Utilizing a wedge as shown will force you to move your knees past your toes as you move into a squat position!

 

Closing Thoughts

Knees over toes is just a position or movement. This position/movement should not be ostracized. If anything, it should be trained to build a tolerance to not just everyday activities like going up/downstairs, but also to bulletproof your knees to handle anything life throws at them!

 

Commit To Our Knees Over Toes Program!

Prehab Membership The Prehab Guys

Knee discomfort is one of the reasons why people end up sitting out but that’s about to change through the tag team champs of the world: education and movement. Myths that surround the patellofemoral joint create fear and that fear may prevent you from moving. One myth we can bust is “Knees going over your toes is dangerous.” This natural motion needs to happen for function and by training it you can unlock the true power of the knee! For more information, click HERE.

 

REFERENCES

  1. Rippetoe M, Kilgore L. Starting strength: Basic Barbell Training. 2nd ed. TX: The Aasgaard Company; 2007.
  2. Hartman H, Wirth K, & Klusemann M. Analysis of the load on the knee joint and vertebral column with changes in squatting depth and weight load. Sports Med. 2013;43:993-1008.

 

About The Author

Michael Lau, PT, DPT, CSCS

[P]rehab Co-Founder & Chief Product Officer

Michael was born and raised in Northern California but now currently resides in Sunny SoCal ever since attending the University of California, Los Angeles as an undergraduate majoring in physiology. After his undergraduate studies, he received his Doctorate in Physical Therapy from a cross-town rival the University of Southern California. As a licensed physical therapist with a strong background in strength and conditioning, Michael likes to blend the realms of strength training and rehabilitation to provide prehab, or preventative rehabilitation, to his patients. A common human behavior is to address problems after they become an issue and far often too late, which is a reactionary approach. He believes the key to improved health care is education and awareness. This proactive approach can reduce the risk of injuries and pain in the first place. He is a huge proponent of movement education and pain science. Clinically, he has a special interest in ACLR rehab and returning to sport for the lower extremity athlete.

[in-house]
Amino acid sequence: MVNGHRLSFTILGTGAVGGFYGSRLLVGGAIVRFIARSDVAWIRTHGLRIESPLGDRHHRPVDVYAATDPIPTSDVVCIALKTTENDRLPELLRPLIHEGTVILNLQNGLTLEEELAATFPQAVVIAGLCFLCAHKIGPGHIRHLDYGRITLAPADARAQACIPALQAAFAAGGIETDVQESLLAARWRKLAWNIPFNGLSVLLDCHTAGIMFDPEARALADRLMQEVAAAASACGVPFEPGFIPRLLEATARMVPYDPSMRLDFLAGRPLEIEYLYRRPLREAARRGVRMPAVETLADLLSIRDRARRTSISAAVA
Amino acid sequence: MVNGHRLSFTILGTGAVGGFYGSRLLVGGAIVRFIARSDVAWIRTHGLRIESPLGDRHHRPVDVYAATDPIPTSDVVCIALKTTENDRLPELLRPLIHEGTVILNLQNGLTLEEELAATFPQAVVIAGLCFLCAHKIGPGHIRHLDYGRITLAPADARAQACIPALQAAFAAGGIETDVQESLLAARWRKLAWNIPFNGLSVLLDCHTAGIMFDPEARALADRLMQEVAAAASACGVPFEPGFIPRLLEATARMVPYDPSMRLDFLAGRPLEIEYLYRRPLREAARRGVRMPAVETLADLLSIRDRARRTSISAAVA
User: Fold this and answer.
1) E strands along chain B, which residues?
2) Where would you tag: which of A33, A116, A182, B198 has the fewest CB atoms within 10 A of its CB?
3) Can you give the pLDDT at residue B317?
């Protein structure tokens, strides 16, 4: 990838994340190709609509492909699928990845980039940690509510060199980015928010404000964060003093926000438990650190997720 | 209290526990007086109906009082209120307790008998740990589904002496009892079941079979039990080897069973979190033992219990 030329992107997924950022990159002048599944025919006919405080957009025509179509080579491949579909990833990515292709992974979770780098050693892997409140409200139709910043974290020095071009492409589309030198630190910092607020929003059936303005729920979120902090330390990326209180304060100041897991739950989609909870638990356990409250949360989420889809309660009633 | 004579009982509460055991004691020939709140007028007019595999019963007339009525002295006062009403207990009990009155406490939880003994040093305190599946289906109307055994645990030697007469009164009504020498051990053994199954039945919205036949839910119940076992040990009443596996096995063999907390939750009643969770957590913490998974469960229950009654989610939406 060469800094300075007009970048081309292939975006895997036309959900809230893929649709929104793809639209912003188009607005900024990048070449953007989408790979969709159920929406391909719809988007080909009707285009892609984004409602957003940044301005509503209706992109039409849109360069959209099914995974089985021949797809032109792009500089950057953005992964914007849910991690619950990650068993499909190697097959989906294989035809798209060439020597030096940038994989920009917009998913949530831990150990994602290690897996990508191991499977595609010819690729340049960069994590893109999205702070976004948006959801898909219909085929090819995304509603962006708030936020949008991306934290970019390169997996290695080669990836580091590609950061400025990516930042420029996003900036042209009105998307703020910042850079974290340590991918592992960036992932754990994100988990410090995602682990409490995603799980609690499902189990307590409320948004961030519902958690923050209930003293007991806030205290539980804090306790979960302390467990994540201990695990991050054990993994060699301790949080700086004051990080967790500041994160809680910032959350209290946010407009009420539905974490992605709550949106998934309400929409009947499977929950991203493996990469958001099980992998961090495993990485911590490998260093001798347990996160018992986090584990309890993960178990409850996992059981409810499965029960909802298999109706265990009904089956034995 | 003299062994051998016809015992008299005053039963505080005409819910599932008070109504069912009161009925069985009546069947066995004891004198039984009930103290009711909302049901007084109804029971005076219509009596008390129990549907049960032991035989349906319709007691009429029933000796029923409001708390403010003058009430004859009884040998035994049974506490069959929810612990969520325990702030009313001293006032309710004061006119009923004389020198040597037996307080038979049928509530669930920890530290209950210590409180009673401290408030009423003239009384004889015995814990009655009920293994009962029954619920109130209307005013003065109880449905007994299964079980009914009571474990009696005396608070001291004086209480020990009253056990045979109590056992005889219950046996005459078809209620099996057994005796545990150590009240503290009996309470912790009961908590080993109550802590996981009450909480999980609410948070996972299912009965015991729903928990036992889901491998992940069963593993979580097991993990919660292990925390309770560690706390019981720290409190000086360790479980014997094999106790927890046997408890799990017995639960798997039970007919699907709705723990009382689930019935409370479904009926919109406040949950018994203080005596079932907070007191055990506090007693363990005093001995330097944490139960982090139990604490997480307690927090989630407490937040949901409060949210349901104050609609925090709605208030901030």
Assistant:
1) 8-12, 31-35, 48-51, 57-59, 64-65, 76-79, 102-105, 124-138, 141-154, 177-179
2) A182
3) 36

Disclaimer – The content here is designed for information & education purposes only and is not intended for medical advice.

About the author : Michael Lau PT, DPT, CSCS

6 Comments

  1. Adam Thierry November 28, 2020 at 1:56 pm

    Is it safe to do knee exercise if you don’t have much cartilage left?

    • Michael Lau November 29, 2020 at 1:58 pm

      It can and can be! Loading of cartilage is good –> overloading is bad. All in the right amount! If you have questions, best to consult with a PT in person who can help you out adam!

  2. Richard Waddle March 17, 2021 at 7:43 pm

    Kneebola, lol, ah the good old pre-2020 days back when something like Ebola seemed like a good word choice to signify a pandemic

  3. Carol Kaye February 9, 2022 at 4:09 pm

    I have a Baker’s cyst in my right knee that is currently causing a lot of discomfort. I was thinking of starting the Zero program, but should i wait until the inflammation is gone? Seems whatever I do right now is causing pain and swelling behind the knee. thank you.

    • Team [P]rehab February 15, 2022 at 3:54 am

      Hi Carol!

      Sorry to hear about the recent discomfort with your knee. In regards to the Zero Program you mentioned, did you mean you are thinking of starting at Phase 0 of our knee program? We would suggest discussing the state of your Baker’s Cyst with your physician first who evaluated you. Once you are deemed safe to exercise, starting at the first phase of the knee program is an excellent place to begin, which allows you to begin low-level exercise while creating a healthy healing environment for the knee! Please let us know if you have any further questions or concerns. Best of luck in your recovery!

      All The Best,

      Team [P]rehab

  4. […] Knees over the toes is normal. Scientific research has shown that proper knee alignment, along with maintaining balance between the hips, knees, and ankles, is key to preventing knee discomfort. Allowing the knees to move forward can actually help distribute forces more evenly and reduce stress on the knee joint. […]